Such an illustrious career at N.C. State earned him the honor of having his No. 15 retired in 1982, the fourth-ever athlete to receive that distinction in school history.
While the Wolfpack didn’t play a season past 1982 when the program was discontinued – a story for another day – Cockerton’s feats in collegiate field lacrosse, along with his Canadian Junior/Senior and pro box lacrosse accomplishments, eventually landed him in the Ontario Lacrosse Hall of Fame in 1997, the Canadian Lacrosse Hall of Fame in 2003, and the National (U.S.) Lacrosse Hall of Fame in 2014.
“Any player in any sport, the pinnacle is to go into a hall of fame,” Cockerton said.
“With N.C. State’s long athletic history, it’s pretty amazing actually.”
“He earned it – he was a fantastic ball player”, former head coach Charlie Patch stated as the video played on.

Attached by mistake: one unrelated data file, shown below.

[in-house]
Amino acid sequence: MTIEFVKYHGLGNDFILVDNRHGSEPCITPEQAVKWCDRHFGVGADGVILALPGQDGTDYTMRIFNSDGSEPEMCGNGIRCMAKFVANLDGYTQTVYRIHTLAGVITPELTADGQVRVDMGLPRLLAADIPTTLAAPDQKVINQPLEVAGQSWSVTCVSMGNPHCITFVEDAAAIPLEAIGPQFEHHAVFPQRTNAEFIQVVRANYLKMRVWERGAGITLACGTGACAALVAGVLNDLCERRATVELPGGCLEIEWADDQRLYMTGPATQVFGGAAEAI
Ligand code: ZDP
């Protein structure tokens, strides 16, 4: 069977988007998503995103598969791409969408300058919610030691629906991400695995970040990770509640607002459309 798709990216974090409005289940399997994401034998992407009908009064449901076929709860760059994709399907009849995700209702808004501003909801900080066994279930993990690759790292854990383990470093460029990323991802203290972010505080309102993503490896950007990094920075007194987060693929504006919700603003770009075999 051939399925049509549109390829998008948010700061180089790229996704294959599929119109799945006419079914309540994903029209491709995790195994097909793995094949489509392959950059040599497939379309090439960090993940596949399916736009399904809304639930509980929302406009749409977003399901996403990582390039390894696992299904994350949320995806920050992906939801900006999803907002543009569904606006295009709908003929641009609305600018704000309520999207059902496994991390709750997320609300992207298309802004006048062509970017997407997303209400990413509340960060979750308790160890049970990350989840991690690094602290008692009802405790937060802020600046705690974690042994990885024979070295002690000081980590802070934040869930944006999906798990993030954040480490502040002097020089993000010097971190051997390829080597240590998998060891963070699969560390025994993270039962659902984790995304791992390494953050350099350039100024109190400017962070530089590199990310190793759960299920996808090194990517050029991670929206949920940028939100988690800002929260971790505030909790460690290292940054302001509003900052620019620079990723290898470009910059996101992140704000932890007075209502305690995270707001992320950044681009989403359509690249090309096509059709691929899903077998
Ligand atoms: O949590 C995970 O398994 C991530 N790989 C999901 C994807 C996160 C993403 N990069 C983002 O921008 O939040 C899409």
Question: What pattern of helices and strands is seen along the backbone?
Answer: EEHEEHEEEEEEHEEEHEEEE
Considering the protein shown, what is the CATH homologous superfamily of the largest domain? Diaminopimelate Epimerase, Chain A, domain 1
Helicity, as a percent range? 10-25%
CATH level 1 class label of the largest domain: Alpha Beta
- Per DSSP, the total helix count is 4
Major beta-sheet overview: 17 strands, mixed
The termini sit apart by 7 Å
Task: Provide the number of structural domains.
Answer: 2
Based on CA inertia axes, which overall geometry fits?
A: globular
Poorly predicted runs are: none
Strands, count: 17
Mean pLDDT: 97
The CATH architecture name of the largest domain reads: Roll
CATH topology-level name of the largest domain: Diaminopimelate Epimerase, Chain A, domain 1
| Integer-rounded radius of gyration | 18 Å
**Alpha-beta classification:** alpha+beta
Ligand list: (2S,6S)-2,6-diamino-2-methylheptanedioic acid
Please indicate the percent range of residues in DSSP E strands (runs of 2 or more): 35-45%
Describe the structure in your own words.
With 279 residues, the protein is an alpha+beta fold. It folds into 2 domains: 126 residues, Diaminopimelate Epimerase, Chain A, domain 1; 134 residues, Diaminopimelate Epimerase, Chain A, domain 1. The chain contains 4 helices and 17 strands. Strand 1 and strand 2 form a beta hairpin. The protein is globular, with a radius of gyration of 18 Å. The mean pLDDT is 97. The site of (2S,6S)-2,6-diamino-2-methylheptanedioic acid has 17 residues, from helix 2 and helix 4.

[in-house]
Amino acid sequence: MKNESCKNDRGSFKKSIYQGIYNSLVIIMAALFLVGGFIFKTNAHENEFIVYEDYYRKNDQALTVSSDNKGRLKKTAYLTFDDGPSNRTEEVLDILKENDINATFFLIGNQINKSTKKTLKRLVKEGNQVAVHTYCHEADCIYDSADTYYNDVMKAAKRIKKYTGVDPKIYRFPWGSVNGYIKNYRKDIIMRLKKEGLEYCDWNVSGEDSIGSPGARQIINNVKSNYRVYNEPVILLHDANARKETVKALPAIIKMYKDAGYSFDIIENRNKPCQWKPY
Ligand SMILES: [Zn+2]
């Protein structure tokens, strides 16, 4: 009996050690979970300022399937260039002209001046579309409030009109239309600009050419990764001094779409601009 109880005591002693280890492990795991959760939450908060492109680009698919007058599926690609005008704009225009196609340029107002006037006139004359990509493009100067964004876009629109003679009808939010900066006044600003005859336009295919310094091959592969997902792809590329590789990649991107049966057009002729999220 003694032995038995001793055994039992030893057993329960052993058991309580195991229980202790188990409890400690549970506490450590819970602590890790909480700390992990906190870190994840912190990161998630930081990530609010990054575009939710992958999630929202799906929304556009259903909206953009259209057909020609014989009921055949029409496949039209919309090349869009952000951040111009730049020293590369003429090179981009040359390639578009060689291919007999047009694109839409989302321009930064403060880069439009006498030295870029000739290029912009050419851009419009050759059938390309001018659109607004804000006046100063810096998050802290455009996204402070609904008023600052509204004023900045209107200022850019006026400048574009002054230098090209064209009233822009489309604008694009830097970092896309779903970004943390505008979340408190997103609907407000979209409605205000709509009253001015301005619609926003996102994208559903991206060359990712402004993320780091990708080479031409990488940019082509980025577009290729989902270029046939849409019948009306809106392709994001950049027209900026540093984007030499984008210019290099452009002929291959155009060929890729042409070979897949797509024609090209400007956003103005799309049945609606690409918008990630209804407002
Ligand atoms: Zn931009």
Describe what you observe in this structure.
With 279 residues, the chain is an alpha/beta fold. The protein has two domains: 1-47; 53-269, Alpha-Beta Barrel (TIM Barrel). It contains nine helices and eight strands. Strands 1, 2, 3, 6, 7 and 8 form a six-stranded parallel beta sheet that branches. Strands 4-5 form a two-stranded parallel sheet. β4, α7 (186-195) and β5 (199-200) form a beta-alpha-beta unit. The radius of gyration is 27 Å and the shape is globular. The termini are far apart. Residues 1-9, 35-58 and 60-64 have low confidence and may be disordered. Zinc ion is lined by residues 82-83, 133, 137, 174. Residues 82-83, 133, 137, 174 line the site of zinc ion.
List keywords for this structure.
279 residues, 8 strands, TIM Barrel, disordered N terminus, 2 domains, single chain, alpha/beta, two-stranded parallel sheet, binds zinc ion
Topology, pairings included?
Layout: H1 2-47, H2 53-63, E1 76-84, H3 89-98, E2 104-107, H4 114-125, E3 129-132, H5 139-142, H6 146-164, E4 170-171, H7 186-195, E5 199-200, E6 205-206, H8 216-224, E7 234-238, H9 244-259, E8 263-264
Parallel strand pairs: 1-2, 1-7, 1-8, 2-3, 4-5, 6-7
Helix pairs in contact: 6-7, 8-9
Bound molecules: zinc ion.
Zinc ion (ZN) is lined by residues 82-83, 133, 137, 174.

“He earned it with the four years he put in here. Overall, we’re tremendously proud of him.”
As distinctive as other inductions were, entering the N.C. State Hall of Fame highlighted and capped off a point in Cockerton’s life from which his future as a leader in the game internationally was forged from.
Following graduation, he returned to work as the program coordinator for the Ontario Lacrosse Association (OLA) and eventually he earned the title of executive director – one he holds to this day.
He’s since added the title of president of the FIL to his resume, and is proud of growing the game around the world to include 55 participating countries.
Quite an accomplishment considering there were only four competing internationally – Canada, United States, England, and Australia – when he played in 1978 and 1982.